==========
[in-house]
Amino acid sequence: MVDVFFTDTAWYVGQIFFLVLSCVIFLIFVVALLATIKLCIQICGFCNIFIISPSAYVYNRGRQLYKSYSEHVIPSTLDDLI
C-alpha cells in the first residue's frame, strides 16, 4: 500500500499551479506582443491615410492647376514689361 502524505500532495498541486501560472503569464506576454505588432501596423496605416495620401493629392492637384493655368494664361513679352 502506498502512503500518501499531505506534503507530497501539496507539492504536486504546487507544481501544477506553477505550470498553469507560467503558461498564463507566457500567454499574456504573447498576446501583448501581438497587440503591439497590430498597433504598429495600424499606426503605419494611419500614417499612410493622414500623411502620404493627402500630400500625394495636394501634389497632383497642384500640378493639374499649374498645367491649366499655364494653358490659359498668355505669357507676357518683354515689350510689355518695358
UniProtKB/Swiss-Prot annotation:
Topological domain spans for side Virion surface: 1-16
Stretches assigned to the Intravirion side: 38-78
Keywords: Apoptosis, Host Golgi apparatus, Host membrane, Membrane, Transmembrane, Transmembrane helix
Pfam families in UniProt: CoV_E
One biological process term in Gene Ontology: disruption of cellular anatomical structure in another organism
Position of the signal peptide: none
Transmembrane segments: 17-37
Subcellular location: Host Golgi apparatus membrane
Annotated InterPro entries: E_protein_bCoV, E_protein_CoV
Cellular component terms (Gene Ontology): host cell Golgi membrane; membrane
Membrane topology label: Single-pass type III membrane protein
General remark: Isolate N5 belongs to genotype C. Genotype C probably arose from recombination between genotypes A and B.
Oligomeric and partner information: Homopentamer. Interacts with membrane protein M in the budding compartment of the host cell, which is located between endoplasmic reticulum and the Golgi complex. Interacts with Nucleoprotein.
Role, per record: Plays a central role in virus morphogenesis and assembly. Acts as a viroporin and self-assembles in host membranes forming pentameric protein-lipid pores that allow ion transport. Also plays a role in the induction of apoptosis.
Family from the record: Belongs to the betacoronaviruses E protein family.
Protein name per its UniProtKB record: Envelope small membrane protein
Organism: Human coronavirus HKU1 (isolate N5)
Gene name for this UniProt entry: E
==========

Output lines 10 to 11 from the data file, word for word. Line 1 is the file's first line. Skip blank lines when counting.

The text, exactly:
Position of the signal peptide: none
Transmembrane segments: 17-37